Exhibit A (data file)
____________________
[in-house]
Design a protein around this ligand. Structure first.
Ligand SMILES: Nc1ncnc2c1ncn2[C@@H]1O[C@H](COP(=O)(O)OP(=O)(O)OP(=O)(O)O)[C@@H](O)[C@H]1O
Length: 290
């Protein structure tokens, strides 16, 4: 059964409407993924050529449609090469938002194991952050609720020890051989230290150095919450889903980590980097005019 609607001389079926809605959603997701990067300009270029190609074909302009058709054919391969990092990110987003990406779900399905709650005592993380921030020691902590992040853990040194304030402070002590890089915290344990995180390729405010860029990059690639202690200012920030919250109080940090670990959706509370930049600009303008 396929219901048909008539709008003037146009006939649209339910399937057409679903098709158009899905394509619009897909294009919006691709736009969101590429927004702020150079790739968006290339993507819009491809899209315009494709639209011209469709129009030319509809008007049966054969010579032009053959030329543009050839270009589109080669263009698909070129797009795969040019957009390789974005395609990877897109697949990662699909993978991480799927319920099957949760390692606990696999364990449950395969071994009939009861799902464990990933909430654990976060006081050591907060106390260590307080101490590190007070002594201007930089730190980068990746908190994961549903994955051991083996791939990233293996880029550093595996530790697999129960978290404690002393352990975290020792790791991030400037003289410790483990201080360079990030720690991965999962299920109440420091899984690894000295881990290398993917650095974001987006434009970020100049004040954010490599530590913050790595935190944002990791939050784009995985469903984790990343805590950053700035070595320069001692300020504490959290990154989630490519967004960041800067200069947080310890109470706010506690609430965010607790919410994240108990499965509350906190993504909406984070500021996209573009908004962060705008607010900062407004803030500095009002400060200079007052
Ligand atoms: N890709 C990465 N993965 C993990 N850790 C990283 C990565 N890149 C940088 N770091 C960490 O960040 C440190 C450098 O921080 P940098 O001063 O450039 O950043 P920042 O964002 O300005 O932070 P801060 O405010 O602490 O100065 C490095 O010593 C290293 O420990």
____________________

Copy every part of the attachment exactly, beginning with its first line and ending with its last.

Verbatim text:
[in-house]
Design a protein around this ligand. Structure first.
Ligand SMILES: Nc1ncnc2c1ncn2[C@@H]1O[C@H](COP(=O)(O)OP(=O)(O)OP(=O)(O)O)[C@@H](O)[C@H]1O
Length: 290
């Protein structure tokens, strides 16, 4: 059964409407993924050529449609090469938002194991952050609720020890051989230290150095919450889903980590980097005019 609607001389079926809605959603997701990067300009270029190609074909302009058709054919391969990092990110987003990406779900399905709650005592993380921030020691902590992040853990040194304030402070002590890089915290344990995180390729405010860029990059690639202690200012920030919250109080940090670990959706509370930049600009303008 396929219901048909008539709008003037146009006939649209339910399937057409679903098709158009899905394509619009897909294009919006691709736009969101590429927004702020150079790739968006290339993507819009491809899209315009494709639209011209469709129009030319509809008007049966054969010579032009053959030329543009050839270009589109080669263009698909070129797009795969040019957009390789974005395609990877897109697949990662699909993978991480799927319920099957949760390692606990696999364990449950395969071994009939009861799902464990990933909430654990976060006081050591907060106390260590307080101490590190007070002594201007930089730190980068990746908190994961549903994955051991083996791939990233293996880029550093595996530790697999129960978290404690002393352990975290020792790791991030400037003289410790483990201080360079990030720690991965999962299920109440420091899984690894000295881990290398993917650095974001987006434009970020100049004040954010490599530590913050790595935190944002990791939050784009995985469903984790990343805590950053700035070595320069001692300020504490959290990154989630490519967004960041800067200069947080310890109470706010506690609430965010607790919410994240108990499965509350906190993504909406984070500021996209573009908004962060705008607010900062407004803030500095009002400060200079007052
Ligand atoms: N890709 C990465 N993965 C993990 N850790 C990283 C990565 N890149 C940088 N770091 C960490 O960040 C440190 C450098 O921080 P940098 O001063 O450039 O950043 P920042 O964002 O300005 O932070 P801060 O405010 O602490 O100065 C490095 O010593 C290293 O420990």